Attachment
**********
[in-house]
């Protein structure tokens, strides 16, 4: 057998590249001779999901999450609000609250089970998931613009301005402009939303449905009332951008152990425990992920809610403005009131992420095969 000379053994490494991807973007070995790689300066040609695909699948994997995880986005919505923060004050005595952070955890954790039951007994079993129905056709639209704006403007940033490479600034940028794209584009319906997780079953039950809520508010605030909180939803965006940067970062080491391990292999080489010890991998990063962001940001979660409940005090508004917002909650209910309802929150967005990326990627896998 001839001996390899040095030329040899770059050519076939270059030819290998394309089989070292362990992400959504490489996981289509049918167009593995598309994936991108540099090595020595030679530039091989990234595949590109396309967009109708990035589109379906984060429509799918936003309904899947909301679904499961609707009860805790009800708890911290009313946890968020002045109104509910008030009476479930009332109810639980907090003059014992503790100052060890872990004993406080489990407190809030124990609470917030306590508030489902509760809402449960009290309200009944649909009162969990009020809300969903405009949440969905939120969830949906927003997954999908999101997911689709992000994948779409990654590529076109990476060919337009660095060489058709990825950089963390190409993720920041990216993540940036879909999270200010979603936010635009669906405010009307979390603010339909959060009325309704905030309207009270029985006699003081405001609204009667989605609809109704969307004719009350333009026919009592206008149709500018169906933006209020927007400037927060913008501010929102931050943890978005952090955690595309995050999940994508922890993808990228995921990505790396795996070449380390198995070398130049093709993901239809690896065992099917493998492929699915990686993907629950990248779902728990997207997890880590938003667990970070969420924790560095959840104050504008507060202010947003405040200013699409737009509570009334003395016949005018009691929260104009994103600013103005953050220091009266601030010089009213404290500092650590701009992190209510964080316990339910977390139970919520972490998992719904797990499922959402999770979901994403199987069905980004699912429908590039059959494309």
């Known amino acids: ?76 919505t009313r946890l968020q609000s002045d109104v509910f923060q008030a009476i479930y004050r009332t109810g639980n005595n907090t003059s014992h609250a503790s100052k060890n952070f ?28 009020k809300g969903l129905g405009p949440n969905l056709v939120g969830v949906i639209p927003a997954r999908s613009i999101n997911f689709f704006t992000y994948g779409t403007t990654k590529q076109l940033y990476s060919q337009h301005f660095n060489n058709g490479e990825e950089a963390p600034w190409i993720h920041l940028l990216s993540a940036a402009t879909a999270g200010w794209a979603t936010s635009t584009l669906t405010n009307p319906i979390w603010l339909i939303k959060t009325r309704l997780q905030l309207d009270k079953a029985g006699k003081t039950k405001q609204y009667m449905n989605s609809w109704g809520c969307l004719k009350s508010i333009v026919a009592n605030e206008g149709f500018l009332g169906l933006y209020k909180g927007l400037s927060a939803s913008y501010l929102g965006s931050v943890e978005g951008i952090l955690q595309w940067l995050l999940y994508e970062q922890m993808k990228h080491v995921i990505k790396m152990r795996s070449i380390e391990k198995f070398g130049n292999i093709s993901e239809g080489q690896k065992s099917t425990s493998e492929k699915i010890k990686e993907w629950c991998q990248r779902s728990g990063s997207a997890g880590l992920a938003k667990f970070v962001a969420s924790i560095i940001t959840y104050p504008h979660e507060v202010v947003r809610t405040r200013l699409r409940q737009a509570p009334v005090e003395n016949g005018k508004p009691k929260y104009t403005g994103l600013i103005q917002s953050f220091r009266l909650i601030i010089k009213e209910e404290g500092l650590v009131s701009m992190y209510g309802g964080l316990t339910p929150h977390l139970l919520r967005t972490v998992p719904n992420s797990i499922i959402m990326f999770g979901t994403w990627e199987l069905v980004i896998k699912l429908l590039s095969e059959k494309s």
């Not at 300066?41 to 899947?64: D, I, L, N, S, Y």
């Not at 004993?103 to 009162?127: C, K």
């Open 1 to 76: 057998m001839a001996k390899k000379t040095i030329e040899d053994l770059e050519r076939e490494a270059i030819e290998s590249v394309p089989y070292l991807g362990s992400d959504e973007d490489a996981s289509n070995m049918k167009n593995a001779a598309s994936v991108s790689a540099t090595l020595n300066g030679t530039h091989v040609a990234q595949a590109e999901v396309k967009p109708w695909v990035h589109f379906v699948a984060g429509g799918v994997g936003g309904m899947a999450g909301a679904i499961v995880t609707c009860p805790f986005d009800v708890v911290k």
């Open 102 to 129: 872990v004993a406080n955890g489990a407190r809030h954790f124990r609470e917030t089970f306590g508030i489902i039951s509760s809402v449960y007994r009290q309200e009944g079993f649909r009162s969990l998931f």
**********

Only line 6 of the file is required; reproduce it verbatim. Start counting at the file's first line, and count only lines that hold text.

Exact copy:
């Open 1 to 76: 057998m001839a001996k390899k000379t040095i030329e040899d053994l770059e050519r076939e490494a270059i030819e290998s590249v394309p089989y070292l991807g362990s992400d959504e973007d490489a996981s289509n070995m049918k167009n593995a001779a598309s994936v991108s790689a540099t090595l020595n300066g030679t530039h091989v040609a990234q595949a590109e999901v396309k967009p109708w695909v990035h589109f379906v699948a984060g429509g799918v994997g936003g309904m899947a999450g909301a679904i499961v995880t609707c009860p805790f986005d009800v708890v911290k």